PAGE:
Viewed from Washington, a handful of erroneously reported strikes may seem inconsequential. According to most estimates, the C.I.A. has carried out about 330 drone strikes in Pakistan’s tribal belt since 2004, the vast majority of them in the past five years.

Yet in Pakistan, they carry greater significance, igniting huge and sometimes violent anti-American demonstration that make drones a toxic subject for generals and politicians alike. But the American claims about the two attacks this month suggest that they may, also, be trying to have the best of both worlds.

It certainly is a great government in Pakistan, one of our great allies in the war on terror, that agrees to let the U.S. routinely bomb their citizens.

This all seems so distant, of course.Pakistan is half way around the world.  Who cares what happens there?  And it’s not like that kind of militaristic, drone-dominated environment will ever come to “the land of the free”. Right?



Late Afternoon Links

A NATO airstrike in Afghanistan has killed 4 Taliban commanders.  Another man, one woman, and five children were also killed and another five children were wounded.  But who’s counting?

State of the Union.  To paraphrase:  “We’re going to raise taxes on the rich so we can spend more on everything without increasing the deficit.  We will continue to run up a huge debt  paid for by our children because now is not the time for fiscal sanity and those poor little bastards can’t vote anyway.”  This is, of course, like promising to stop beating your kids, but not while they are still young and defenseless.  Oh, and drones will continue to be America’s primary tool of foreign policy.

Christopher Dorner is presumed dead after the cabin where he was hiding was burned down.  “People on the scene are as confident as they can be without seeing the body that it is Dorner inside,” the LA police chief, Charlie Beck, said.  I take that to mean they are just as sure that this is their guy as they were when they shot up those innocent bystanders that they also thought were Dorner.

Israel is partially lifting a gag order on its domestic news outlets enabling them to report the news about the identity of Prisoner X that is already being widely reported in the rest of the world.  From the article: “Gag orders and military censorship are common in Israel.”  The model of a freedom loving U.S. ally.

Italy’s former military intelligence chief is going to the slammer for ten years for his part in the CIA orchestrated broad daylight kidnapping of the cleric, Hassan Mustafa Osama Nasr, also known as Abu Omar, from the streets of Milan in 2003. Three Italian secret service officials were also sentenced to six years each.  Meanwhile, Glenn Greenwald highlights the  irony of complaints by the U.S. State Department regarding abuses by police and security forces in Egypt.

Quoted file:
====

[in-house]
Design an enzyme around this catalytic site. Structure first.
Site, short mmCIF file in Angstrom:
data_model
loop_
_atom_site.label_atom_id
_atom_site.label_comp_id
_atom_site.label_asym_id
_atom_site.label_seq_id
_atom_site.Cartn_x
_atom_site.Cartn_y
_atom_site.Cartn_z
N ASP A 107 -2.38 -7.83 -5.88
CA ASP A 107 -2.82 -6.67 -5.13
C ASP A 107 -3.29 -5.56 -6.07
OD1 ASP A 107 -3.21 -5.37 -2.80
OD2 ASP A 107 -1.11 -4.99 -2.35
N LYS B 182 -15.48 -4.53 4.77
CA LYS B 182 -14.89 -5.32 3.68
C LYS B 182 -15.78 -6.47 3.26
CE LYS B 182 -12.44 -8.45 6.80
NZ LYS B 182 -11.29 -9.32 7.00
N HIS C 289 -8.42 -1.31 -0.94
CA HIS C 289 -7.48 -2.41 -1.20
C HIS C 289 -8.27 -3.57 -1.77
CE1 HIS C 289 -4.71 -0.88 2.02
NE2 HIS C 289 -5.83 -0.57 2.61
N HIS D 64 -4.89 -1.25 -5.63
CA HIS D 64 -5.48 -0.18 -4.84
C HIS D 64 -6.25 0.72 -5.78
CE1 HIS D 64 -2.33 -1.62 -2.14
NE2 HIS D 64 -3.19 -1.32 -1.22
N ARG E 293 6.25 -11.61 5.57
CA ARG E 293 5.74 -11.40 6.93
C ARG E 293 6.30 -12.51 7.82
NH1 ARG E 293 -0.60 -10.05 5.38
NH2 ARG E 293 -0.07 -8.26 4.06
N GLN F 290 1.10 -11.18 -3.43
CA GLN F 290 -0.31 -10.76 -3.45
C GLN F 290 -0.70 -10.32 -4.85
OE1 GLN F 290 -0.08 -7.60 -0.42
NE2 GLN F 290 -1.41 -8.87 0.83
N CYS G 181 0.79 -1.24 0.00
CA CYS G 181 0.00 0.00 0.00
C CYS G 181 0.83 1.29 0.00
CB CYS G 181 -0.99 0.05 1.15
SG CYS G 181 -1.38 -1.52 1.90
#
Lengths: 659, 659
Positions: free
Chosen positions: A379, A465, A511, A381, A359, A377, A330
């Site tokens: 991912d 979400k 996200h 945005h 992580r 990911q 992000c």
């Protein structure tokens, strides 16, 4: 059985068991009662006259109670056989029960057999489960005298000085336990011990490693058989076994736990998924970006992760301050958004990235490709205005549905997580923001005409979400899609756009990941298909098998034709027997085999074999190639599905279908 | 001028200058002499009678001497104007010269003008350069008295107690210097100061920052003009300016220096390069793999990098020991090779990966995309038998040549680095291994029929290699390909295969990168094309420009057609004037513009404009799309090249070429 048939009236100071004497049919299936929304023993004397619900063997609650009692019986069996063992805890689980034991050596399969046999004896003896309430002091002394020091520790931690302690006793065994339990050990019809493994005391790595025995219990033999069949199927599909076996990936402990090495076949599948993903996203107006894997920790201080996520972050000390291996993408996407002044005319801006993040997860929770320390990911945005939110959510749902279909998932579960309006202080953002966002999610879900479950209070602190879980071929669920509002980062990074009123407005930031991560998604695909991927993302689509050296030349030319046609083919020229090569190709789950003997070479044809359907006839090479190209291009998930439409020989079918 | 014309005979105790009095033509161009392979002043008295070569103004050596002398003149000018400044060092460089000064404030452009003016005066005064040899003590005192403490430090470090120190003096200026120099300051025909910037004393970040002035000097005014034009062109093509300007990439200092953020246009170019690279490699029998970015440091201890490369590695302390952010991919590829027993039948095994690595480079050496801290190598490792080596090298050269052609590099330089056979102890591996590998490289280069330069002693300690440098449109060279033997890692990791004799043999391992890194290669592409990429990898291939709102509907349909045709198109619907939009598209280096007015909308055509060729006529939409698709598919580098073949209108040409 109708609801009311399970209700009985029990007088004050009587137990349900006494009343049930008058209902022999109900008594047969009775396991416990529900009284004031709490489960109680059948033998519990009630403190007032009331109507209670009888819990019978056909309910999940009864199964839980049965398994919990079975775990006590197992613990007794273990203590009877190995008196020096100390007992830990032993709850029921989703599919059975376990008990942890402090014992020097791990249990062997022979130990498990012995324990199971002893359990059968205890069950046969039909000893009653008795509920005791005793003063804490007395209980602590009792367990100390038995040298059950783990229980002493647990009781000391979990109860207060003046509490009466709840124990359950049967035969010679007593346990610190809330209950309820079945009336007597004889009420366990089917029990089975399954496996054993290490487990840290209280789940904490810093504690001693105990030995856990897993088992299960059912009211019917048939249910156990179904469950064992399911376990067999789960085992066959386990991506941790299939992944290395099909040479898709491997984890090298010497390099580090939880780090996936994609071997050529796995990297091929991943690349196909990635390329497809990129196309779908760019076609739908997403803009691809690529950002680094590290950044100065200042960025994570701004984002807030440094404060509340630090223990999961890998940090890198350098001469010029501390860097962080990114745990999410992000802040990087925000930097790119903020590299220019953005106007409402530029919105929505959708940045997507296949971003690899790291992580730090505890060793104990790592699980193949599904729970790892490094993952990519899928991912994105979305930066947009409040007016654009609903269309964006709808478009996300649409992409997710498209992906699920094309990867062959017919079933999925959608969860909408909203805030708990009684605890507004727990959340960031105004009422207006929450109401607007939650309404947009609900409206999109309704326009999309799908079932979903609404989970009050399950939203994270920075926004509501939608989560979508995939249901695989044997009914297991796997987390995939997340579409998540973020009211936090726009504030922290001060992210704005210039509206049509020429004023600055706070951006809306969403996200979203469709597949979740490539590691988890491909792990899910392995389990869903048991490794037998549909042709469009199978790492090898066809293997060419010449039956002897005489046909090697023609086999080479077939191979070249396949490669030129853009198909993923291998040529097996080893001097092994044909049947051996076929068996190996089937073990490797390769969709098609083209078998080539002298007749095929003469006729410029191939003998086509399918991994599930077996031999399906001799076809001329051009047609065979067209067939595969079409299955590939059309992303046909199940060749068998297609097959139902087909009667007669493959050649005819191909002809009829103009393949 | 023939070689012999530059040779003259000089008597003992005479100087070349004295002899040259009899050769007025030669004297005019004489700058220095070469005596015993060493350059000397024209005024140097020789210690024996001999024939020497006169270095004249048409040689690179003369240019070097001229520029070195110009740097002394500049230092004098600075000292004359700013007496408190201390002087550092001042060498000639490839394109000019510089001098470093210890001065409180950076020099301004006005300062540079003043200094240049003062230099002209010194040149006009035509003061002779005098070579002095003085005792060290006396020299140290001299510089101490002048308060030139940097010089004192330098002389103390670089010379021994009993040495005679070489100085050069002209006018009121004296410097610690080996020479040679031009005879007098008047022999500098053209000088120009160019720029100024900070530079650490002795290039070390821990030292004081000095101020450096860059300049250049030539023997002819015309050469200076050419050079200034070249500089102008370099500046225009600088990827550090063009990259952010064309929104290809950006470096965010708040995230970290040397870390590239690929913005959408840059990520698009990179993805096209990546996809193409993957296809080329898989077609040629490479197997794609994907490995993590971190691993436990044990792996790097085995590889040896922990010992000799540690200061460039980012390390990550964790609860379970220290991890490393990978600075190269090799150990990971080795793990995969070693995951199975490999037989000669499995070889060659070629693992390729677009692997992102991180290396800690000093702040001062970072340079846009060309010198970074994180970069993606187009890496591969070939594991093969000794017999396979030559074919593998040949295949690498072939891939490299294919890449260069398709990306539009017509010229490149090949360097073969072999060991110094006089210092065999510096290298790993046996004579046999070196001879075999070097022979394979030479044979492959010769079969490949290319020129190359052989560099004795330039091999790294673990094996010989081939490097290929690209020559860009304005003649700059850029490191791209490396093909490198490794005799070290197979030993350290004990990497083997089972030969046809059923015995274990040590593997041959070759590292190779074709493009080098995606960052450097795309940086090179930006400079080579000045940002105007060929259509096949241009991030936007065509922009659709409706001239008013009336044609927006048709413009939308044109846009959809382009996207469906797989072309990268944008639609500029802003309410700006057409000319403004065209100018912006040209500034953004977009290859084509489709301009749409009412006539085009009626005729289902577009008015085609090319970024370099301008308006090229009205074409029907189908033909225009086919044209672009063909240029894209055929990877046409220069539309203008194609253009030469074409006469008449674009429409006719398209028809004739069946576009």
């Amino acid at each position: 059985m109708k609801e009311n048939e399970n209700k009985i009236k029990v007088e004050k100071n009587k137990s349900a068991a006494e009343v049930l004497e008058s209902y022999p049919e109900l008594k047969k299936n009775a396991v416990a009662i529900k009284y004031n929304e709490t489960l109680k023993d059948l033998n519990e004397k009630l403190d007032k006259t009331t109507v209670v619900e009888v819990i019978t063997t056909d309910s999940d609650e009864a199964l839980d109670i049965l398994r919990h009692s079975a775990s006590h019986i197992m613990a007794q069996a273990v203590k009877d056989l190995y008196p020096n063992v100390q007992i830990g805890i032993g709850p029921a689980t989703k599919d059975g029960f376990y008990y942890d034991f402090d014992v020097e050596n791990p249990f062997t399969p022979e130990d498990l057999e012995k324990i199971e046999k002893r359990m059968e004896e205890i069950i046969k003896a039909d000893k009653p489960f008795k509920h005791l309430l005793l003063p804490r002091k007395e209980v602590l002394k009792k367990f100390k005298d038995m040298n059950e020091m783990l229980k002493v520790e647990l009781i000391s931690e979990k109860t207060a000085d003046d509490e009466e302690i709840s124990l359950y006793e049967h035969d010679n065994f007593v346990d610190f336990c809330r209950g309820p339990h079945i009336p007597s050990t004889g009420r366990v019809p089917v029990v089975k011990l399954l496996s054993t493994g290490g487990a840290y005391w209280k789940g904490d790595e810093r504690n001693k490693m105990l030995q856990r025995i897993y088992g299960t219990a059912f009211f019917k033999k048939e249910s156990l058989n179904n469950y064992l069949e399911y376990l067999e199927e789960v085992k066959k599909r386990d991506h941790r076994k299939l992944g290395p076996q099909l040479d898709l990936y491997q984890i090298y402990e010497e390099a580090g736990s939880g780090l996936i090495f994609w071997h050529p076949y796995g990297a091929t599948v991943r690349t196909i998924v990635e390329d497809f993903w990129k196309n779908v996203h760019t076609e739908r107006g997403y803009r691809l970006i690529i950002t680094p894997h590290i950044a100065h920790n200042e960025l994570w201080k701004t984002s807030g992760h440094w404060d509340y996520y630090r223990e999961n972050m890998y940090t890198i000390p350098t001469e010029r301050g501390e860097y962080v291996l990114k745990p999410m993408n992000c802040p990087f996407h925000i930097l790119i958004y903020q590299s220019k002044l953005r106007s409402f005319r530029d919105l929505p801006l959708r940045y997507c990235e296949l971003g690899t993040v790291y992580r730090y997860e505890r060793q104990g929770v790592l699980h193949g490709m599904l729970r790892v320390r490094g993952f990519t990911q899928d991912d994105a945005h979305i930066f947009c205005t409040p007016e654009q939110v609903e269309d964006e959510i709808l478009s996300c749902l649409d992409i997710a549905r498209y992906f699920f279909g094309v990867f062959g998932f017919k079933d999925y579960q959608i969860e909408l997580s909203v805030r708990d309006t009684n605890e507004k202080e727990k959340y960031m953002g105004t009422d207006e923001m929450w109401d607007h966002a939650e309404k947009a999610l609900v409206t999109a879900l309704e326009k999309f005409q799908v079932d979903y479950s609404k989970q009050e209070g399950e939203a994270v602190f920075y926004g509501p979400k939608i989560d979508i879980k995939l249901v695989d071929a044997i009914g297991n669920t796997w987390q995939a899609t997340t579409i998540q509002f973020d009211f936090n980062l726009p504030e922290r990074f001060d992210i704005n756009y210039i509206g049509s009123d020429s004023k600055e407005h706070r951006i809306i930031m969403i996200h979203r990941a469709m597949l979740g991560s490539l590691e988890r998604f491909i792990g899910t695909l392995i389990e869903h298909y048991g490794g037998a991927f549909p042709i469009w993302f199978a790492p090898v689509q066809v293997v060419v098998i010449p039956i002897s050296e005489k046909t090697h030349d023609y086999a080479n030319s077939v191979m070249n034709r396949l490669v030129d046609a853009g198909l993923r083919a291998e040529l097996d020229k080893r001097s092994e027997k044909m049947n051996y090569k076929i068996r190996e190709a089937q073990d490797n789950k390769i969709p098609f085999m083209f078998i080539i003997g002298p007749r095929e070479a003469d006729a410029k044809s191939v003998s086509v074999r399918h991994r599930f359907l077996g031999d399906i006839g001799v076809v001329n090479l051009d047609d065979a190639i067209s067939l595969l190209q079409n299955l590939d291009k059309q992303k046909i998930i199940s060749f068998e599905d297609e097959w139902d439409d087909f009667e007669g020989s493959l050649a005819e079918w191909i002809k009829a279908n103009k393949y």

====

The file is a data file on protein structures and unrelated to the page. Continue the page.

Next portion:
Last night, in his State of the Union speech, President Obama claimed: “both parties have worked together to reduce the deficit by more than $2.5 trillion – mostly through spending cuts”.  John Stossel says “Bullshit!”That’s ridiculous!

Federal Spending

Federal Spending

Morning Links

  • President Obama condemned a third nuclear test by North Korea calling it a “highly provocative act” that demands “swift and credible action by the international community” against North Korea. Countries that already have nuclear weapons always strongly condemn other countries getting them.
  • Glenn Greenwald asks whether drones should be used to kill Christopher Dorner, the ex-police  officer who is accused of waging war on the LAPD.  Whether drones are or are not being used is in dispute.
  • The U.S. invasions of Afghanistan and Iraq have resulted in the 6,656 death of military personnel.  Of course, U.S. Presidents are always wiling to pay the cost of war with other people’s lives.  But, you rarely hear about the other “sacrifices” Presidents have been  willing to commit American soldiers to: 1700 limb amputations, 50,000 combat wounds, 130,000 cases of PTSD, and 253,330 cases of traumatic brain injury (6500 of which are severe).
  • The identity of Israel’s most secret prisoner has been uncovered,  I know it’s Kind of hard to imagine a democratic country secretly imprisoning a citizen without trial and then forcing the press to keep quiet about it.   Hahaha!   Just kidding about that last part.  Nothing is hard to imagine about democratic countries anymore.

  • Knut, the polar bear that became a sensation in 2007 and then unexpectedly died in 2011 will soon have a new home at the Berlin’s natural history museum.




[Updated below with a couple items from The Agitator]

  • Ohio Attorney General releases a report and animation (below) of a Cleveland incident where 13 cops fired 137 rounds at a suspect vehicle killing the occupants.  Police insist someone shot at them from the car and took off in pursuit of it.  The chase involved “nearly 60 vehicles”, but no gun or shell casings were ever found in the car.  The state attorney general condemned the actions as a systemic failure, but the police chief and city council insist that existing polices and procedures work fine.